The challenge of designing a next generation compact Vertical Take Off and Landing (VTOL) craft has been addressed with the combination of a novel radial fan technology and the use of unique lifting and control surfaces.
Above: Using an axis symmetric mesh
provides the best compromise of
quality, density and size
The design process started with a searching aerodynamic analysis in order to establish the best interaction between the lifting surfaces and to set the parameters of the propulsion system that satisfy the lift requirements. During the concept creation stage, no prototype was built, and the geometry development relied only on the CFD results. To ensure a high turnover of results for each configuration, automation scripts were written to create, mesh and run a matrix of geometries and boundary conditions.
In the next step where the flight mechanics and stability are analyzed, all surfaces relevant to the control of the craft are modeled in detail. However, to reduce the complexity, rotor and stator blades are simulated through a momentum generator, using the user subroutines capability of STAR-CCM+. The radial momentum added to the system converges on the value of the power input needed to hover in each case. An additional swirl can also be added to accurately simulate any residual tangential flow.
The mesh generation and model setup is controlled by a script that implements the CD-adapco automatic meshing feature when running a series of cases at different control surface configurations and flight orientations. The flight control system analysis has proved essential in the optimization of the performance of the attitude control system. For example, the flight performance of the manned platform in particular required detailed analysis of its behavior in ground effect. This flight control system analysis returns accurate aerodynamic forces and pitch, roll and yaw torque inputs to the flight controls system lookup tables, with up to four configurations being run daily on the solving cluster.
Simultaneously, the propulsion system and lifting surfaces are analyzed in greater detail. Sector meshes are set up for the Moving Reference Frame (MFR) method to analyze the propulsion turbo machinery. Special attention is paid to the rotor and stator interactions with the blades optimized to satisfy the dual requirements of efficient lift generation and rotor torque cancellation.
During the same design loop, the yaw control surfaces capabilities can be evaluated in order to complete the range of information needed for the flight controls systems. Mesh size and setup arameters have been optimized to allow at least one configuration to be run overnight. This stage closes the aerodynamic design loop, as shape and dynamic loads are then known for the CAD/FEM team to finalize the model.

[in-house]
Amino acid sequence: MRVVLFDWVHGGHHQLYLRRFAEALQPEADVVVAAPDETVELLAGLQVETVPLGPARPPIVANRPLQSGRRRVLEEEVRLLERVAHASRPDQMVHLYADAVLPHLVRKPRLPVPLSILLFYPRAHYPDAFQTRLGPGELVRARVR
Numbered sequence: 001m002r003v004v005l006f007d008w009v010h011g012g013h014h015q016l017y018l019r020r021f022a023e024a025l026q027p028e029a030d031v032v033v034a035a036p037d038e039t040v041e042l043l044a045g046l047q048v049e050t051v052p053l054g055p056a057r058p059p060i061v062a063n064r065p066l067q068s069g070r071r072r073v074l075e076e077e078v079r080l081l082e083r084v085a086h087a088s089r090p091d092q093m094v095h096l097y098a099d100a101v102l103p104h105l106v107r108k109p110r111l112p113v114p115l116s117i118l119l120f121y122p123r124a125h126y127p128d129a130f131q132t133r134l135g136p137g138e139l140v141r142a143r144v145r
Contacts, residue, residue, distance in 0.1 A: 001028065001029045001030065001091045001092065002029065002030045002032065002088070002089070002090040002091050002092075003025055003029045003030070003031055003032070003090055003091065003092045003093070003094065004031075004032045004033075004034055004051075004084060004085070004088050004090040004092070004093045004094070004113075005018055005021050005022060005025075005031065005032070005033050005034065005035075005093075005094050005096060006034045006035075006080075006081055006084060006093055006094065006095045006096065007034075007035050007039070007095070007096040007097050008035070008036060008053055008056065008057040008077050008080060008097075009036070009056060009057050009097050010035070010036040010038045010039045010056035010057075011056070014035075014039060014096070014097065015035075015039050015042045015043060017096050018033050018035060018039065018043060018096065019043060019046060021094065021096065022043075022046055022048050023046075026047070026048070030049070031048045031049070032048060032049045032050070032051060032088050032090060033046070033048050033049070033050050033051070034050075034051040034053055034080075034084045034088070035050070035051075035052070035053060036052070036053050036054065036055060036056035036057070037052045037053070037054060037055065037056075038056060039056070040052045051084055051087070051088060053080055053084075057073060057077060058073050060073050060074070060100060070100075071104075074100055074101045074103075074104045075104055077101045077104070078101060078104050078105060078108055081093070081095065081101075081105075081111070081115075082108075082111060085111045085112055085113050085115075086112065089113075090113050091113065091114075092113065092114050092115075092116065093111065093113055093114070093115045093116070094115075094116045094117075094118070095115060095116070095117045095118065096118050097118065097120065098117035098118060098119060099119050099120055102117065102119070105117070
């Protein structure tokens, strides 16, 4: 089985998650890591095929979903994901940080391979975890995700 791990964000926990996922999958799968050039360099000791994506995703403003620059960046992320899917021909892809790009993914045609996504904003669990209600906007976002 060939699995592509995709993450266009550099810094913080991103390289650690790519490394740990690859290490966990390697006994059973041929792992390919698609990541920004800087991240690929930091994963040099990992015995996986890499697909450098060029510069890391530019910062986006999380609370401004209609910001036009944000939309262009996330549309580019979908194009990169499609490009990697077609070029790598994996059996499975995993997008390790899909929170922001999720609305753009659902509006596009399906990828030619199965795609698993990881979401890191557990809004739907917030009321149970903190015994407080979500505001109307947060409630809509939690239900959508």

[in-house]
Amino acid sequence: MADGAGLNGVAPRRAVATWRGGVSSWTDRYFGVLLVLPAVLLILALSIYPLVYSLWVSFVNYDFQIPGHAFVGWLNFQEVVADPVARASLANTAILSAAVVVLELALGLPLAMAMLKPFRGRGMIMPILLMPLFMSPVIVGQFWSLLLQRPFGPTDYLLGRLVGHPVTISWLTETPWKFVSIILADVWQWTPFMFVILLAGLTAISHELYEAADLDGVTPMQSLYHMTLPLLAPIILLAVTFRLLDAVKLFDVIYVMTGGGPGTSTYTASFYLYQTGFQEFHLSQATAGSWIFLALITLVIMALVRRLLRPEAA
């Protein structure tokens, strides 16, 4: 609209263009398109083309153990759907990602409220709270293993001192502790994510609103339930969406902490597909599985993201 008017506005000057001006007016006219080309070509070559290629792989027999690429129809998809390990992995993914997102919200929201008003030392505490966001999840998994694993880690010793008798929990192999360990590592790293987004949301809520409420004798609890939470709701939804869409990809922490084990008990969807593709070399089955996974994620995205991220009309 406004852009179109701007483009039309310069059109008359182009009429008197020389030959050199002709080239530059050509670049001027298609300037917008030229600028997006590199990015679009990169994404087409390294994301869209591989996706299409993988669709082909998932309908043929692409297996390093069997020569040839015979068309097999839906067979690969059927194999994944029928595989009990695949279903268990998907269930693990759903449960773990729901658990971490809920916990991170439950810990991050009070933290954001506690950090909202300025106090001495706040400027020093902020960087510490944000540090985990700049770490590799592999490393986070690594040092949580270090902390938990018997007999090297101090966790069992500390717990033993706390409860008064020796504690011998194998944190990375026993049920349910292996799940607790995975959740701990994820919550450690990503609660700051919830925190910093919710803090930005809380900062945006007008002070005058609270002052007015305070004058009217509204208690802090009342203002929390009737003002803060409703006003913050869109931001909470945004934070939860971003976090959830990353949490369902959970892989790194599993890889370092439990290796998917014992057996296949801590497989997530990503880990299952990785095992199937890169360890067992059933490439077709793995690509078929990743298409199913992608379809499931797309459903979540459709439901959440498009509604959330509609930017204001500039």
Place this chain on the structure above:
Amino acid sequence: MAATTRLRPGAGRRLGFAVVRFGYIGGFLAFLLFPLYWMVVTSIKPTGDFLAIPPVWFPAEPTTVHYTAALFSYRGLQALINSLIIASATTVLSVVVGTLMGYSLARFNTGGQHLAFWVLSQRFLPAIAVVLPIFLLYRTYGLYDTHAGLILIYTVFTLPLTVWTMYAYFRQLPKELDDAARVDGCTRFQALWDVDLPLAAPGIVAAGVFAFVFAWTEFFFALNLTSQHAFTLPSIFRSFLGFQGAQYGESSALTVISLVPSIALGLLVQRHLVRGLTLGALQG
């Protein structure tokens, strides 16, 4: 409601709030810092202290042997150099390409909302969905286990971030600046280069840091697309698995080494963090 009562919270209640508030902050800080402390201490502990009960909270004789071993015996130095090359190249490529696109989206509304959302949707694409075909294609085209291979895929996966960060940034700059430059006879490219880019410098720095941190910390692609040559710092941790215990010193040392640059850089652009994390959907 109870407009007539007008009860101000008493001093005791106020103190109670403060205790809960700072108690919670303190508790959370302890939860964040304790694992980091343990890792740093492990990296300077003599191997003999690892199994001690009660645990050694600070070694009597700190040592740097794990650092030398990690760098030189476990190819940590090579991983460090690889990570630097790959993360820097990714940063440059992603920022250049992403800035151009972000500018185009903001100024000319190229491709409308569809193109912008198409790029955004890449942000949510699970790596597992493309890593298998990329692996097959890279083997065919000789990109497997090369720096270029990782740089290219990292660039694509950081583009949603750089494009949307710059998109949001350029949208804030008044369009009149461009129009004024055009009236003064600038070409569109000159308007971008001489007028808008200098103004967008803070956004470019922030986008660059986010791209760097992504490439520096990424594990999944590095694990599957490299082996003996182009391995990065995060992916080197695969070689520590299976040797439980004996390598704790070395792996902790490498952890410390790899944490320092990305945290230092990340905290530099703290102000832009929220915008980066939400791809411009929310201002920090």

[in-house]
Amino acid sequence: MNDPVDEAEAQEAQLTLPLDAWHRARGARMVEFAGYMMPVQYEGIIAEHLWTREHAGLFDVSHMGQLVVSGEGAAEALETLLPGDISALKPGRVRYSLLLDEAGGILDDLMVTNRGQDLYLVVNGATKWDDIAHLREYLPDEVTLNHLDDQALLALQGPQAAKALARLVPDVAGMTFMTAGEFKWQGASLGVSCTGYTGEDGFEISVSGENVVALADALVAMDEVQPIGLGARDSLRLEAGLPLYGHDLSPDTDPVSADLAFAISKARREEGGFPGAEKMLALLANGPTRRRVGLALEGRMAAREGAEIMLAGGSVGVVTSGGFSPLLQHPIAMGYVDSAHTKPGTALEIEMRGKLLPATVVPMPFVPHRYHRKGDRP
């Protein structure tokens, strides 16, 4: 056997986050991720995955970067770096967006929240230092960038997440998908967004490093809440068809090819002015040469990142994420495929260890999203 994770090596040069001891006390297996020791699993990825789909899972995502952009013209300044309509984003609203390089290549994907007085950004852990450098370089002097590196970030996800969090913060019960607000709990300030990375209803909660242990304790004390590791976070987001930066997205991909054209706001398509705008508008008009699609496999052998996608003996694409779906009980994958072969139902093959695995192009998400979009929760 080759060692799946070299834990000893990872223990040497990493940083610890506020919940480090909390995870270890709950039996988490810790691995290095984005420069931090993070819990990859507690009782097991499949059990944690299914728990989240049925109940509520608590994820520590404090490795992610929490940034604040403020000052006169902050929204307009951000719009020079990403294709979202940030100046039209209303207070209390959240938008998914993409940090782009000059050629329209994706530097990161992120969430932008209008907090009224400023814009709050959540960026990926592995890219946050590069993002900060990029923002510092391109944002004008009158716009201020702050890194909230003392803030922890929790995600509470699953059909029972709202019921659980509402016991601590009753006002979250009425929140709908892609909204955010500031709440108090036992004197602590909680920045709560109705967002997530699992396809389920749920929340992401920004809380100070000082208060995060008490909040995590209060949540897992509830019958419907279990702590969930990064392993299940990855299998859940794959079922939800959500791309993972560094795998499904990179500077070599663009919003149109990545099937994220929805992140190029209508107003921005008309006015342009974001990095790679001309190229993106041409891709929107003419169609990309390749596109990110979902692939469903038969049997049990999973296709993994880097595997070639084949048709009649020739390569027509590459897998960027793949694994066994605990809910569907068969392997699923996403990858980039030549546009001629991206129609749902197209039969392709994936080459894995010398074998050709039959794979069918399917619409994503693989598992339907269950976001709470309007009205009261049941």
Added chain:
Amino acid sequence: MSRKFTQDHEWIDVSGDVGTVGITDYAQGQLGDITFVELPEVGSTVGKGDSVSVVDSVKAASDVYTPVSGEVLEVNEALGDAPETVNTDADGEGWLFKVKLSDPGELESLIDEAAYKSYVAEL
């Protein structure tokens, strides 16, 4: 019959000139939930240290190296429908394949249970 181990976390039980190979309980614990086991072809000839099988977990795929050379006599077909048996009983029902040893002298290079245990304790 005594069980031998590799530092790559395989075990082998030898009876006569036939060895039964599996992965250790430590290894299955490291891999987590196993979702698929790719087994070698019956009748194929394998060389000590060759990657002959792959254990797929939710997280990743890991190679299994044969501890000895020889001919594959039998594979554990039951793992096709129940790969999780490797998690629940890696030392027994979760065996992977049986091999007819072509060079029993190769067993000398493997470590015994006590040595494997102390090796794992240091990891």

Benefits and Achievements
The STAR-CCM+ simulation process is fully integrated into the virtual design process and interacts strongly with the CAD design and software development for the control system. The design loads predicted by the CFD analysis make the choice of the composite materials in the craft’s structure much easier, leading to significant weight reductions and further improvements in the payload and endurance capabilities of the flight platform.
The flight control system CFD analysis has proven to be a powerful tool. One of its most important outputs is the data that is fed into a flight simulator that delivers realistic attitude resonse and lift characteristics. It has also made it possible to identify, quantify and address an unusual ground effect response and therefore avoided putting the prototype craftor personnel at risk.
Once the CFD calculations of aerodynamic performance and attitude control met the prerequisite targets, a prototype flight platform was constructed.
The successful test flights of this “MuPod” UAV (unmanned aerial vehicle) has confirmed the value of CD-adapco products in providing accurate flight characteristics early in the development process. It was very rewarding to witness the technology at work as the prototype took off for the first time and behaved as predicted by the flight simulator.
The virtual design environment approach has provided an early and thorough understanding of the potential and capabilities of this innovative flight technology. The number of hardware variants selected for construction has been reduced significantly by using the right tools and the right techniques and significant savings in time and cost have been realized as a result. We are currently updating the implementation methodology to use STAR-CCM+ with very promising results so far.
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